How app updates siphoned off Super Bowl bandwidth

February 25, 2014 11:20 AM EST

It's challenging enough to provide bandwidth to more than 70,000 fans with mobile devices in an NFL stadium. But it wasn't until the Super Bowl last month that National Football League senior vice president and CIO Michelle McKenna-Doyle realized that a significant amount of available bandwidth was being wasted by the thousands of smart phones fans brought with them to the stadium.

"What we learned is when you provide Wi-Fi and have smartphones most apps start to look for updates. People's phones are using valuable bandwidth to update apps that they probably are no longer even using on their phones."

That bandwidth is needed for a variety of other uses, including the apps provided by the NFL that push information to fans about wait times at the bathrooms, what routes through the stadium to take for optimum traffic flows, and where to go to find water and transportation.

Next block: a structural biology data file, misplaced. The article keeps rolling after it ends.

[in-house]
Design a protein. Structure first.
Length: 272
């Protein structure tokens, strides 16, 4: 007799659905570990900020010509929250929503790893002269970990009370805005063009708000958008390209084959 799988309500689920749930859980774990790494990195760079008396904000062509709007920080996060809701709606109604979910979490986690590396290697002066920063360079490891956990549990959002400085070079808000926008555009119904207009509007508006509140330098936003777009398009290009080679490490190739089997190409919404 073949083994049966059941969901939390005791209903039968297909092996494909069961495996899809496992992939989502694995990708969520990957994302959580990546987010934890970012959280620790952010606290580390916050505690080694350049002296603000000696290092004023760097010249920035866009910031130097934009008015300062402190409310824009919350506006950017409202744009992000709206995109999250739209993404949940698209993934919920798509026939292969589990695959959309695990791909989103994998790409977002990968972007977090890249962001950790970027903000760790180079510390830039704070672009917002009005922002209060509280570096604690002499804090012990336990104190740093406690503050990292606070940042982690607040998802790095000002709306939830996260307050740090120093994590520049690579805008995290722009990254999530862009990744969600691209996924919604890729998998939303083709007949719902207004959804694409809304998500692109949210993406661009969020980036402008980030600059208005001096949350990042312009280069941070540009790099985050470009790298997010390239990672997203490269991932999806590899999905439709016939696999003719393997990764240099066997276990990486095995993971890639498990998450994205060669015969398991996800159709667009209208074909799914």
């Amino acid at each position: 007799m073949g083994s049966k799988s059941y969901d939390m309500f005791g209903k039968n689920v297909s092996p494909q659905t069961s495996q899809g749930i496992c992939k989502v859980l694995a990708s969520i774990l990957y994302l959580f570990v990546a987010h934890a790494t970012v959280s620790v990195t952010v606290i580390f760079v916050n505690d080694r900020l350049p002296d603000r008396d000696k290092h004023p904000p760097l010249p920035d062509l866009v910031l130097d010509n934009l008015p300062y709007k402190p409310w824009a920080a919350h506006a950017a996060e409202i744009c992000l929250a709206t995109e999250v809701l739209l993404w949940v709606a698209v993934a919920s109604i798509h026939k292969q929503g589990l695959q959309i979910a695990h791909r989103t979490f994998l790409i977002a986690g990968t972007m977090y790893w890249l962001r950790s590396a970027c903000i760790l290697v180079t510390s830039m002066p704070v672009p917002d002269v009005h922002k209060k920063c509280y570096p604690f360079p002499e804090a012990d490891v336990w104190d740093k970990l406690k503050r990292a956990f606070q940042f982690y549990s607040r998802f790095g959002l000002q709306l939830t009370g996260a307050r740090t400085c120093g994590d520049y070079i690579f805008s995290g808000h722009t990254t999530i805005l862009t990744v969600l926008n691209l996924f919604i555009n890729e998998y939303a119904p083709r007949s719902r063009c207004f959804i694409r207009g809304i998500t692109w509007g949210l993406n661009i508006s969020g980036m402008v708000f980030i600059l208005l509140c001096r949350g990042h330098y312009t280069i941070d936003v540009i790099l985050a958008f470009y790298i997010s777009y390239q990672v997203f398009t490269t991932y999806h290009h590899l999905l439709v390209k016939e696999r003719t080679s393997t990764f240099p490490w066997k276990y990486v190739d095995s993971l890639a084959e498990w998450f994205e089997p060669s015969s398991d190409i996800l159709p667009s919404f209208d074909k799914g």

McKenna-Doyle working from the sidelines before a game. Photo credit: NFL.

Mobile app behavior is just one connectivity variable. The two others include overall available bandwidth and the robustness of the infrastructure that delivers it. "Only when we can control all three variables can we can provide the best experience," she says.

So McKenna-Doyle's team is trying to figure out how to deal with app behavior so that the apps that fans want to use aren't losing bandwidth to those background app updates. She also recently signed a deal with Extreme Networks. "They're doing analytics so we can see patterns of use and where heavy use is happening," she says.